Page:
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entertainment has ever been a pure effect of his own humility, and good-nature, and nothing else. But, sir, we are now going down the Spittle Hill, into the town; and therefore let me importune you suddenly to resolve, and most earnestly not to deny me.

VIAT. In truth, sir, I am so overcome by your bounty, that I find I cannot, but must render myself wholly to be disposed of by you. PISC. Why, that's heartily and kindly spoken, and I as heartily thank you; and, being you have abandoned yourself to my conduct, we will only call and drink a glass on horseback at the Talbot, and


VIAT. I attend you. under this stone bridge? PISC. Yes, 'tis called

But what pretty river is this, that runs
Has it a name?

Henmore, and has in it both trout and

grayling; but you will meet with one or two better anon. And so soon as we are past through the town, I will endeavour, by such discourse as best likes you, to pass away the time till you come to your ill quarters.

VIAT. We can talk of nothing with which I shall be more delighted than of rivers and angling.

PISC. Let those be the subjects, then; but we are now come to the Talbot. What will you drink, sir, ale or wine?

VIAT. Nay, I am for the country liquor, Derbyshire ale, if you please; for a man should not, methinks, come from London to drink wine in the Peak.

PISC. You are in the right; and yet, let me tell you, you may drink worse French wine in many taverns in London, than they have sometimes at this house. What ho! bring us a flagon of your best ale; and now, sir, my service to you, a good health to the honest gentleman you know of, and you are welcome into the Peak.

VIAT. I thank you, sir, and present you my service again, and to all the honest brothers of the angle.

PISC. I'll pledge you, sir: so, there's for your ale, and farewell. Come, sir, let us be going, for the sun grows low, and I would have you look about you as you ride; for you will see an odd country, and sights that will seem strange to you.

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Observations of the principal rivers in Derbyshire; Viator lodges at Piscator Junior's House.


ISC. So, sir, now we have got to the top of the hill out of town, look about you, and tell me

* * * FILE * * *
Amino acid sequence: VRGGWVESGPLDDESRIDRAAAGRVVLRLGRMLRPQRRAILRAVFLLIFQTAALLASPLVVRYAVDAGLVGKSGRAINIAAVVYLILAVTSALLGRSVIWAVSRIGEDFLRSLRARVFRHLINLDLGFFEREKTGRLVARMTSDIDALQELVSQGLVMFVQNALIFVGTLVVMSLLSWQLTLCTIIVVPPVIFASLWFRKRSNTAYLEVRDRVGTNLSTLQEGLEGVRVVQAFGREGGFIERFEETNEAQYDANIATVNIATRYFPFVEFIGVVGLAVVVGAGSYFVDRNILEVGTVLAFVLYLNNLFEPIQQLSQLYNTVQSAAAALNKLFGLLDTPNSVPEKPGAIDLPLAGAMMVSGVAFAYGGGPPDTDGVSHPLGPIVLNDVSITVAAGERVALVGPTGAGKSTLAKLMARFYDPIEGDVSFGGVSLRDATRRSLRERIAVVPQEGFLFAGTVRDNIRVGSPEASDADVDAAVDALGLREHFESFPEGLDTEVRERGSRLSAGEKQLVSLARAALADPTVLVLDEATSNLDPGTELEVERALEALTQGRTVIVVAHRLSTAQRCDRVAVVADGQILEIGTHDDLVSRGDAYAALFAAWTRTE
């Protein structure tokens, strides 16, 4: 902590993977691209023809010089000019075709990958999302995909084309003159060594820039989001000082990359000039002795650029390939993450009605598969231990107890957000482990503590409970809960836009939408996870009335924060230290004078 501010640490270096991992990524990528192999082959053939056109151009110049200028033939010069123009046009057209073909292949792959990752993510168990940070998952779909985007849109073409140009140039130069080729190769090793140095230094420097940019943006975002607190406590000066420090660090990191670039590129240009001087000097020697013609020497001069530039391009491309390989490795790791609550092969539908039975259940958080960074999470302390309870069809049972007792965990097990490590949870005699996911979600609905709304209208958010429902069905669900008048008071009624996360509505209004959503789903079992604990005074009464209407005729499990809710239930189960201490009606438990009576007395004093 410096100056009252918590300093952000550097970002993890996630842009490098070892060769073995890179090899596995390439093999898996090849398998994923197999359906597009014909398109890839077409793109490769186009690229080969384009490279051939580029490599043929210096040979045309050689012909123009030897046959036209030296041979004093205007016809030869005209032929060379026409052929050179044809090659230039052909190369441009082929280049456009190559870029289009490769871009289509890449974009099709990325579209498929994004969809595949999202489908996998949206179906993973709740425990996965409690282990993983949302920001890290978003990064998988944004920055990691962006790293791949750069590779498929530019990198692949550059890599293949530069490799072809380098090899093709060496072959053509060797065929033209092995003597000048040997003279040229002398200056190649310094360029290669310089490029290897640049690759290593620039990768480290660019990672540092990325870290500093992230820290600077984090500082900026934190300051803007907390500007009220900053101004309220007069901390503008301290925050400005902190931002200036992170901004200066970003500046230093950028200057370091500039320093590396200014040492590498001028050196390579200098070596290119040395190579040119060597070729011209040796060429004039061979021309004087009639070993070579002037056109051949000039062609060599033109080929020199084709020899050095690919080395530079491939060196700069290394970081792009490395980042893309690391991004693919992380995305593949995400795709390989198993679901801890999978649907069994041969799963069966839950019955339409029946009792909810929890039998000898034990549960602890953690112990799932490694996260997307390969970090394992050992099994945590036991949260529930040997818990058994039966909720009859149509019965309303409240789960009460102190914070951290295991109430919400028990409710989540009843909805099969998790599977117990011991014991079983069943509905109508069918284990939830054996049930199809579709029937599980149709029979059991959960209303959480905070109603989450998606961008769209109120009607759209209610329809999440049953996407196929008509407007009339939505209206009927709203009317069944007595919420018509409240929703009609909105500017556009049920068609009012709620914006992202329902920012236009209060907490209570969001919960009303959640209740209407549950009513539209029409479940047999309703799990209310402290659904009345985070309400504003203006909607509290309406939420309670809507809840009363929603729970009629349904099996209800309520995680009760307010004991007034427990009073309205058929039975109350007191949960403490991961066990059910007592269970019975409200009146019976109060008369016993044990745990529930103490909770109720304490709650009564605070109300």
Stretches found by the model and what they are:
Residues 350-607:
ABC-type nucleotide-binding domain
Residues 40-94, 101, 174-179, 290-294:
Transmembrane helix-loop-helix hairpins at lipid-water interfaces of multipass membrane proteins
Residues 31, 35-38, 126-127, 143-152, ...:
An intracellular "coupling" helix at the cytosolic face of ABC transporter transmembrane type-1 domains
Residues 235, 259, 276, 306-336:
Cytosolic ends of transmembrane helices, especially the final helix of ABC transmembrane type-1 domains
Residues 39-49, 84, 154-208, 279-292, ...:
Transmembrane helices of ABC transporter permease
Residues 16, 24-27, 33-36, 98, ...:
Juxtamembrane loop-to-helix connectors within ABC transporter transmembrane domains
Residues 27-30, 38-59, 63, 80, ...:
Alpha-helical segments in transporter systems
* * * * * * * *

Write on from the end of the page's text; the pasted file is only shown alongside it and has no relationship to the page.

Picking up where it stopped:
how you

like the country.

VIAT. Bless me, what mountains are here! Are we not in Wales?

PISC. No, but in almost as mountainous a country; and yet these hills, though high, bleak,

and craggy, breed and feed good beef and mutton, above ground, and afford good store of lead within.


VIAT. They had need of all those commodities to make amends for the ill landskip: but I hope our way does not lie over any these, for I dread a precipice.

PISC. Believe me, but it does, and down one, especially, that will appear a little terrible to a stranger: though the way is passable

enough, and so passable, that we who are natives of these mountains and acquainted with them, disdain to alight.

VIAT. I hope, though, that a foreigner is privileged to use his own discretion, and that I may have the liberty to entrust my neck to the fidelity of my own feet, rather than to those of my horse, for I have no more at home.

PISC. 'Twere hard else. But in the meantime, I think 'twere best, while this way is pretty even, to mend our pace, that we may be past that hill I speak of; to the end your apprehension may not be doubled for want of light to discern the easiness of the descent.

VIAT. I am willing to put forward as fast as my beast will give me leave, though I fear nothing in your company. But what pretty river is this we are going into i

PISC. Why this, sir, is called Bently-brook, and is full of very good trout and grayling; but so encumbered with wood in many places, as is troublesome to an angler.

VIAT. Here are the prettiest rivers, and the most of them in this country that ever I saw; do you know how many you have in the country?

PISC. I know them all, and they were not hard to reckon, were it worth the trouble; but the most considerable of them I will presently name you. And to begin where we now are (for you must know we are now upon the very skirts of Derbyshire) we have first the river Dove, that we shall come to by-and-by, which divides the two counties of Derby and Stafford for many miles together; and is so called from the swiftness of its current, and that swiftness occasioned by the declivity of its course, and by being so straitened in that course betwixt the rocks; by which, and those very high ones, it is, hereabout, for four or five miles, confined into a very narrow stream; a river that from a contemptible fountain (which I can cover with my hat) by the confluence of other rivers, rivulets, brooks, and rills, is swelled before it falls into Trent, a little below Eggington, where it loses the name, to such a breadth and depth as to be in most places navigable, were not the passage frequently interrupted with fords and weirs; and has as fertile banks as any river in England, none excepted. And this river, from its head for a mile or two, is

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a black water (as all the rest of the Derbyshire rivers of note originally are, for they all spring from the mosses); but is in a few miles' travel so clarified by the addition of several clear and very great springs (bigger than itself) which gush out of the limestone rocks, that before it comes to my house, which is but six or seven miles from its source, you will find it one of the purest crystalline streams you have seen.

VIAT. Does Trent spring in these parts?

PISC. Yes, in these parts; not in this country, but somewhere towards the upper end of Staffordshire, I think not far from a place called Trentham; and thence runs down, not far from Stafford, to

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